With the blockbusting Queen biopic Bohemian Rhapsody currently clearing up at awards ceremonies, the band have never been cooler – or bigger. Their glorious back catalogue features an embarrassing amount of genius tunes, and we've run through the 50 best Queen songs elsewhere. But let's not forgot that for all the cod-operatic epics, billowing ballads and diversions into funk, blues, musical hall and pretty much every other genre ever invented, Queen were best at heavy metal. Don’t believe us? Just wrap your ears around these 10 air guitar anthems…
Silver Salmon (unreleased, c.1972)
An extremely rare acetate of a song originating in Brian May and Roger Taylor’s former group Smile (written by frontman Tim Stafell), this cryptic, dusky ode to a spaceship has a thrillingly raw, underground garage-demo sound wholly removed from Queen’s usual meticulous studio wizardry, plus a proto-NWOBHM riff, pummelling drums and a cracked scream from Freddie Mercury that’s completely unique (and weirdly reminiscent of Dani Filth).
Son And Daughter (1973)
Rumbling seductively on a gargantuan Tony Iommi-school doom riff (later half-inched by sludge hooligans Iron Monkey for their song House Anxiety), Brian May’s Son And Daughter is a dirty stoner blues metal snarl with an impassioned thud and unusually direct lyrics (“The world expects a man to buckle down and shovel shit”). The BBC session version incorporates Brian’s echo-drenched extended solo, but removes the word ‘shit’.
Ogre Battle (1974)
Lyrically Queen’s first two albums were based around Freddie Mercury’s epic, fantastical bespoke mythology of kings and queens, senators and messengers, fairies and ogres. It culminates in this thrilling tale with a spectacularly metal title reflected in its pulverising proto-thrash riff and furious gallop, plus a dizzying backwards intro and the screaming, clashing sound of giants in combat.
Stone Cold Crazy (1974)
Introduced to a new generation of young metalheads when Metallica covered it on the B-side of Enter Sandman, Freddie’s vocal on the 1974 original (the only Queen song credited to the whole band until the late ‘80s) was rather more playful and camp than James Hetfield’s, but that ripping machine-gun riff and speedy head-banging tempo still mark this out as an early metal classic.
Death On Two Legs (1975)
An incandescent song of hate from the poison pen of Mercury (later covered by Dream Theater and Bay Area thrashers Heathen), with barbed shards of malevolent guitar stabbing out of punchy piano as Freddie wraps his acid tongue around lines like “Insane, should be put inside, you’re a sewer rat decaying in a cesspool of pride” (dedicated to the band’s first manager!)
- Queen’s Bohemian Rhapsody scoops two Golden Globes
- Queen’s Brian May teams up with NASA for solo single New Horizons
- Axl Rose: Queen are the greatest band of all time
- Queen at Live Aid: the real story of how one band made rock history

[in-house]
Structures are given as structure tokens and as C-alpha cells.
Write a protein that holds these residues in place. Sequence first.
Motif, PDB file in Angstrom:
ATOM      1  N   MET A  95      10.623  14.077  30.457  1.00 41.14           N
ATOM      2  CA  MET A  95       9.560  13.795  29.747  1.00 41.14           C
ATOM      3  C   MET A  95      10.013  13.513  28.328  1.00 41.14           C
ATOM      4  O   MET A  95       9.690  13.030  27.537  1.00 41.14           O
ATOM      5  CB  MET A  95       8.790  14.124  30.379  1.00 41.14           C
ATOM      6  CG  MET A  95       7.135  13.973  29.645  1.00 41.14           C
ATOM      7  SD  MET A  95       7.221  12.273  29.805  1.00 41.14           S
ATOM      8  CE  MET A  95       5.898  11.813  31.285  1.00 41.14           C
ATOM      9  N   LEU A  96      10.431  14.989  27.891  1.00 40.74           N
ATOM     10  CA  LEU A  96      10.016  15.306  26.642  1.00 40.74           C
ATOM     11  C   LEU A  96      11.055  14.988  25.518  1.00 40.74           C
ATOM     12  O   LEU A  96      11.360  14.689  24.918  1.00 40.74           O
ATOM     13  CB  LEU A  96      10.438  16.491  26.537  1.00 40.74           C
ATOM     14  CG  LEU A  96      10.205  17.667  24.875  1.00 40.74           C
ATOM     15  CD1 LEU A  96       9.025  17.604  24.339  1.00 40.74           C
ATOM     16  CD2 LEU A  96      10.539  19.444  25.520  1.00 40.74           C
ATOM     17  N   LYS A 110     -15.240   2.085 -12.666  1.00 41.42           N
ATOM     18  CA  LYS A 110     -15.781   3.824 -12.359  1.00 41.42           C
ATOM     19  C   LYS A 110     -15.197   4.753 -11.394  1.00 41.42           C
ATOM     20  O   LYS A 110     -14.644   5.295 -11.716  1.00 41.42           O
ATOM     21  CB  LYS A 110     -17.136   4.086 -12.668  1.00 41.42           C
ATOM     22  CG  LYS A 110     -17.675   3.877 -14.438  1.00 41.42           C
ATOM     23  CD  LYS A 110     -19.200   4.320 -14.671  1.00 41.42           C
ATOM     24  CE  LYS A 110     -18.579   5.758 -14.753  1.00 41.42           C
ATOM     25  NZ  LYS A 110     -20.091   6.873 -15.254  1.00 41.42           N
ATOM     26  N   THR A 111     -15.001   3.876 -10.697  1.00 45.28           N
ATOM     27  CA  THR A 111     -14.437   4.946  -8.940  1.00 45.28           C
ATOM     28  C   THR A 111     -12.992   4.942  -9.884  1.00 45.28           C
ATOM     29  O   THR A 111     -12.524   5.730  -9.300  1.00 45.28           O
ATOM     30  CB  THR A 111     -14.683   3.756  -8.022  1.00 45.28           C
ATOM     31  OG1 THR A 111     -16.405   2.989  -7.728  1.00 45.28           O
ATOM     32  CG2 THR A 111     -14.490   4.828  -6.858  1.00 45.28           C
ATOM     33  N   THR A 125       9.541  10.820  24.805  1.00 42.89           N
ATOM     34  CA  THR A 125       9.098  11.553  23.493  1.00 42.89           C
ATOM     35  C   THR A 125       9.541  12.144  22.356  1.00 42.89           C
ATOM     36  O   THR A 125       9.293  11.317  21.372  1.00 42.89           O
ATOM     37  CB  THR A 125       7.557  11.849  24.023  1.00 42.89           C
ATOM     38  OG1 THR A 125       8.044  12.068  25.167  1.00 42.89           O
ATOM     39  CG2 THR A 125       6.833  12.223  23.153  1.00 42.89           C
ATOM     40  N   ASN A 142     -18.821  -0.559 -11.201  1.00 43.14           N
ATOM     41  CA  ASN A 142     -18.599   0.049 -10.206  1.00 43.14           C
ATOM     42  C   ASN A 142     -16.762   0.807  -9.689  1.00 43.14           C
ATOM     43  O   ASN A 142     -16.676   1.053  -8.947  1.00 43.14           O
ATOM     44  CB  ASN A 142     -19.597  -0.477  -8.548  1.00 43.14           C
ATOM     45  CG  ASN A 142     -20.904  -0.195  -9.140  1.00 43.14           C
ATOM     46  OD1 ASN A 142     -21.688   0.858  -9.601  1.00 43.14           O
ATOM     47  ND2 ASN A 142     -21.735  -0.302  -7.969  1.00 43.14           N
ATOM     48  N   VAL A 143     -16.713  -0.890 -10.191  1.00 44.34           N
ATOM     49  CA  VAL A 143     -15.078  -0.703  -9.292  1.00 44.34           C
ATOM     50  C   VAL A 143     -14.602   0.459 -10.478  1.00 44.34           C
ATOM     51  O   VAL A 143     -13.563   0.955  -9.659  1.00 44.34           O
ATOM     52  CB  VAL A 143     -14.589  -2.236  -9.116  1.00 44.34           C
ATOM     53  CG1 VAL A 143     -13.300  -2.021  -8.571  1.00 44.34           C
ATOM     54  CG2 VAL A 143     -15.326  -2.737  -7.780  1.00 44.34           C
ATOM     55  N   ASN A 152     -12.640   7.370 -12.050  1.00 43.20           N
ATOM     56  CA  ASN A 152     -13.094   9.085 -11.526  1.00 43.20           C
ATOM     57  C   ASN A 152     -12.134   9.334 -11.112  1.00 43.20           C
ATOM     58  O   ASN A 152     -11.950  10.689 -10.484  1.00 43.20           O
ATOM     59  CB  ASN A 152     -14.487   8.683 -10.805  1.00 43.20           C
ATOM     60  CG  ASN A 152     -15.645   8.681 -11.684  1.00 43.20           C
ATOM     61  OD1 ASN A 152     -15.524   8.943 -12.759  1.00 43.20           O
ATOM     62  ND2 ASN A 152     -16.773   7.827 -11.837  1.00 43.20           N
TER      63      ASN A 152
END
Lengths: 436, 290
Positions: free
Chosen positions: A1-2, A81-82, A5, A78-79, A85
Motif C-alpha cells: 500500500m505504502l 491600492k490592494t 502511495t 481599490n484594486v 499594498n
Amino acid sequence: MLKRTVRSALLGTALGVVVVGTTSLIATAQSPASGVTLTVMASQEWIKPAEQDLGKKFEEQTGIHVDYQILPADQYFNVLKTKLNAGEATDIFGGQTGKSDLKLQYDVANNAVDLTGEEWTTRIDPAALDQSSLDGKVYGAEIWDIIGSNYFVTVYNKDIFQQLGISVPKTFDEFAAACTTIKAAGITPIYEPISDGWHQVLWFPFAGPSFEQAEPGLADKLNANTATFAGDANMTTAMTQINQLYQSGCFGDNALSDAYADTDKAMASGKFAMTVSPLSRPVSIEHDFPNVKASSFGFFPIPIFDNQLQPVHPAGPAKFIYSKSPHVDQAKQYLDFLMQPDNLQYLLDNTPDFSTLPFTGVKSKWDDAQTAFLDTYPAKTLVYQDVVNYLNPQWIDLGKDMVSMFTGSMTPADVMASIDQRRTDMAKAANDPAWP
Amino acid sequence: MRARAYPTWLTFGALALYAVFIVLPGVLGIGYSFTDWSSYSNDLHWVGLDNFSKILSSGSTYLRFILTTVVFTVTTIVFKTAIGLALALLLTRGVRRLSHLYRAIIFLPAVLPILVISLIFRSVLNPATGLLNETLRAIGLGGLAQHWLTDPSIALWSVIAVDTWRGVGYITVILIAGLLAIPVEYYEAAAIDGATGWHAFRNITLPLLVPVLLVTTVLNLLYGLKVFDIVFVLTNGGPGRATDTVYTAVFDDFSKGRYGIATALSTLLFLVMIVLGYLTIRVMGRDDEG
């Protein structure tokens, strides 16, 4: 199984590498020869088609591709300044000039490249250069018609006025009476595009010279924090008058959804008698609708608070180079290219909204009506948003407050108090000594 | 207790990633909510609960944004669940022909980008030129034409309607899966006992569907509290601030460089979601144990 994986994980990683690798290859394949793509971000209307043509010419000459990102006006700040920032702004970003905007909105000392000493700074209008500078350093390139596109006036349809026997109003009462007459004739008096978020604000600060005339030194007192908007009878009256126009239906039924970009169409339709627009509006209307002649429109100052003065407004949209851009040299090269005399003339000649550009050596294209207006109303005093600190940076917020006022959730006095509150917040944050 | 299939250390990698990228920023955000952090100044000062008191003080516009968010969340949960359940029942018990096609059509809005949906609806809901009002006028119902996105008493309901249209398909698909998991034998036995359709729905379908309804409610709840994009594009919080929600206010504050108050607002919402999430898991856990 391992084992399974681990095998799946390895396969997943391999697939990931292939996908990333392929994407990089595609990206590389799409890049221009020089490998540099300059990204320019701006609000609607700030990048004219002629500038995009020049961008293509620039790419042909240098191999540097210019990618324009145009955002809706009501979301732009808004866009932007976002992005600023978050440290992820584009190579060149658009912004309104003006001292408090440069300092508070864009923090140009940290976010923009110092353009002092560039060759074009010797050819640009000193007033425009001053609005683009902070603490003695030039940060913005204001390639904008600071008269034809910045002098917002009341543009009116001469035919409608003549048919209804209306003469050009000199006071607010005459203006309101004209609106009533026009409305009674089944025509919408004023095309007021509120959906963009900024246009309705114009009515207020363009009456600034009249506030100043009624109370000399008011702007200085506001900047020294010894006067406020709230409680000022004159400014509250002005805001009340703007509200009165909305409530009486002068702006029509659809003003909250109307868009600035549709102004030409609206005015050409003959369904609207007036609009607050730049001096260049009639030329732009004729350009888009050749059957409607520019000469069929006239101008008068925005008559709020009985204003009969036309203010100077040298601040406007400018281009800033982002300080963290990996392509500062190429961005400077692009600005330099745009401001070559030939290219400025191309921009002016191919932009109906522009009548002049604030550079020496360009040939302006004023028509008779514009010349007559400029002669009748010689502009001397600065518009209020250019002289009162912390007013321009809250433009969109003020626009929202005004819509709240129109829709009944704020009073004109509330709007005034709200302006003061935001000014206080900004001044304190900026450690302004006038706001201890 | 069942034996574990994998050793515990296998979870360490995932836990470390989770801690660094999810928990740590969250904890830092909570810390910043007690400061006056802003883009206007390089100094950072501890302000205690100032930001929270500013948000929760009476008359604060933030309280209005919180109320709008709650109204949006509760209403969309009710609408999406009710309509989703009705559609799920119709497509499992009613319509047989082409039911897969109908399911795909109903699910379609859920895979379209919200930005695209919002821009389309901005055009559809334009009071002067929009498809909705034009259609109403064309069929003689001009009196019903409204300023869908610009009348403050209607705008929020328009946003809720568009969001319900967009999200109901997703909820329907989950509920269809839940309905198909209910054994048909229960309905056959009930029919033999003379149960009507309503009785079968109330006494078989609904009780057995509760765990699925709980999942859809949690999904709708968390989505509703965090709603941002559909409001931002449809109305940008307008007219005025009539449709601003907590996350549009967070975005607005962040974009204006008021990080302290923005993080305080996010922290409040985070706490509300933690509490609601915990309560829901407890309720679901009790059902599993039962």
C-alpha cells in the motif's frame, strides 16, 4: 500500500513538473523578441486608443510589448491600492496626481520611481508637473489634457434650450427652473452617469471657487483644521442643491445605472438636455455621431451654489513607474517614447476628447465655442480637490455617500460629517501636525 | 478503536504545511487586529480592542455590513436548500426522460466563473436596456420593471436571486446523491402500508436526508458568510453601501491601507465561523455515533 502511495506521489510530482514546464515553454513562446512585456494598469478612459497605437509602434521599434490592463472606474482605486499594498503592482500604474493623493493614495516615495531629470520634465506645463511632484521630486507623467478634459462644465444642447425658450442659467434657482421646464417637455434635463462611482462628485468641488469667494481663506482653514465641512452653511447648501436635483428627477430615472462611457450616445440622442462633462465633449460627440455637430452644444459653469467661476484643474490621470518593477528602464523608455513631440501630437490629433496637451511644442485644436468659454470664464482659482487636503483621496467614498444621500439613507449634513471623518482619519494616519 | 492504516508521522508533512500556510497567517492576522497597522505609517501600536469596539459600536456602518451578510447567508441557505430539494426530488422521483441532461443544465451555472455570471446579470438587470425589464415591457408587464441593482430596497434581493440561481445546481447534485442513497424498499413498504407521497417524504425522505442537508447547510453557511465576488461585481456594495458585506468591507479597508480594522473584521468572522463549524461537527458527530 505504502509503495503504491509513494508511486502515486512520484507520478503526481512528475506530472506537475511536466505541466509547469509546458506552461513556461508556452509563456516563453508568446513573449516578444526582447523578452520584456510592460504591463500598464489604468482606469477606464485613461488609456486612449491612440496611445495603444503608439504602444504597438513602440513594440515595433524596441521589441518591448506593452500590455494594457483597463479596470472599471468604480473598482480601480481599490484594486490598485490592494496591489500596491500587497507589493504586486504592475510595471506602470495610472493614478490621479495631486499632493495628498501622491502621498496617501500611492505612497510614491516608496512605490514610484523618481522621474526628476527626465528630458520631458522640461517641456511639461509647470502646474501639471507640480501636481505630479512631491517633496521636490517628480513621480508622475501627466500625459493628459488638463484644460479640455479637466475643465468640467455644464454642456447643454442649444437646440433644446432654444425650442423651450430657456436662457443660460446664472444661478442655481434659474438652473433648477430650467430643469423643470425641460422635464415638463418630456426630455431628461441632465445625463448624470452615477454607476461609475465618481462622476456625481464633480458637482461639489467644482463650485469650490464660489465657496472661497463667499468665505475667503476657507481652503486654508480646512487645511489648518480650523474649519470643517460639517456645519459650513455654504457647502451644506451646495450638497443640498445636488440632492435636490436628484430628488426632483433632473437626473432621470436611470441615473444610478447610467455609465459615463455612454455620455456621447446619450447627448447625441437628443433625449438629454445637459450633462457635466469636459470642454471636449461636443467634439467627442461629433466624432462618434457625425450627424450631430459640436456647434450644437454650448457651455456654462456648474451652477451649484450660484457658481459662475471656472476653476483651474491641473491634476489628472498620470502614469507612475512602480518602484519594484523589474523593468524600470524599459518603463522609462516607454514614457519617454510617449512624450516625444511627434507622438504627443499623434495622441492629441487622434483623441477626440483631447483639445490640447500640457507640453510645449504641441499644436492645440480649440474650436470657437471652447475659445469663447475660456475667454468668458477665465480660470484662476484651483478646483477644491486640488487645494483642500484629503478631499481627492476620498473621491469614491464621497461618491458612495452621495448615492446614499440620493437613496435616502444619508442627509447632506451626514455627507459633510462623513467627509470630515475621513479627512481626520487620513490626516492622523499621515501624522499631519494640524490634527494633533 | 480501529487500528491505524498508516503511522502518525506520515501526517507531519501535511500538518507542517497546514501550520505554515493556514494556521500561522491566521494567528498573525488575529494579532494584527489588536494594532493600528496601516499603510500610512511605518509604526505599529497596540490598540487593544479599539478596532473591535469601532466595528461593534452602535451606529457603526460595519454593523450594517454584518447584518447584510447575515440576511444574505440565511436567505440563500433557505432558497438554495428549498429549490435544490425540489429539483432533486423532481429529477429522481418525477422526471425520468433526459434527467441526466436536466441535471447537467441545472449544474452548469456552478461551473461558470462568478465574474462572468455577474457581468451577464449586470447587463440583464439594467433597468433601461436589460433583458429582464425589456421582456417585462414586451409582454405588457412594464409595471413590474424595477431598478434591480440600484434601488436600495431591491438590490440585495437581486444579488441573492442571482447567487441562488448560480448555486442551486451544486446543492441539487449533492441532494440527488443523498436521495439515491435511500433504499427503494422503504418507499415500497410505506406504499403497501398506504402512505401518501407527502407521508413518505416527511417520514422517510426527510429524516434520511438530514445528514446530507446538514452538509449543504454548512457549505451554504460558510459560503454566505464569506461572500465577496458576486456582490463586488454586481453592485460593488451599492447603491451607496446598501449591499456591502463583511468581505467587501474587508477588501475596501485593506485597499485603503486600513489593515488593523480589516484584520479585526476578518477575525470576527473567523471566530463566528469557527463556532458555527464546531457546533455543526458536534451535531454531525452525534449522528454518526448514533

White Man (1976)
A proto-Run To The Hills protest song about the massacre of native Americans by invading paleface imperialists; as befits its sombre subject White Man is dark, doomy, brooding and scornful, with a powerful percussive stomp, wailing leads and a simple but ineffably mighty riff. Freddie once introduced it live as “A real bitch of a song, it really gets to the nodules.”
Sheer Heart Attack (1977)
An artful spoof of the flourishing punk trend – which in 1977 had relegated Queen to has-been status at 30 in the eyes of the inverted-snob rock media – Sheer Heart Attack offers a perfect sonic realisation of an album title from ‘74, with blistering jackhammer guitars, a frantic rasping beat and lyrics bristling with wry teenage disaffection cliches (“I feel so inar-inar-inar-inar-inar-inarticulate!”).
Dead On Time (1978)
This overlooked energetic deep-cut from Queen’s last album of the ‘70s was virtually beating a path towards speed metal, or a glam rock stomp at five times the speed, voltage and adrenaline. Piled high with May’s heroic fireworks, Taylor’s whirling elastic fills and Mercury’s rapid-fire delivery, the HM quotient is ramped up even further by the “You’re dead!” thunderstorm ending.
Was It All Worth It? (1989)
Although on record Queen’s rock softened in the ‘80s, occasional air-guitar anthems like Hammer To Fall and One Vision got harder and tougher onstage, where Queen continued to reign. But at the end of their poppiest album The Miracle, after innocuous ‘80s synth chimes, they unleash their heaviest metal riff in over a decade on this jubilant, emotional and virtually Maidenesque swashbuckler with a rapturous classical mid-section.
The Hitman (1991)
Sequenced for maximum impact – blasting in all guns blazing after the soft fade on Freddie’s light-hearted love song to his cat, Delilah – The Hitman’s aggressive opening volley of insistent chords and meaty, swaggering riff perfectly express the violence of the ruthless gun-for-hire lyrics, thought by many to be the frontman’s veiled reference to the HIV that was soon to take his life.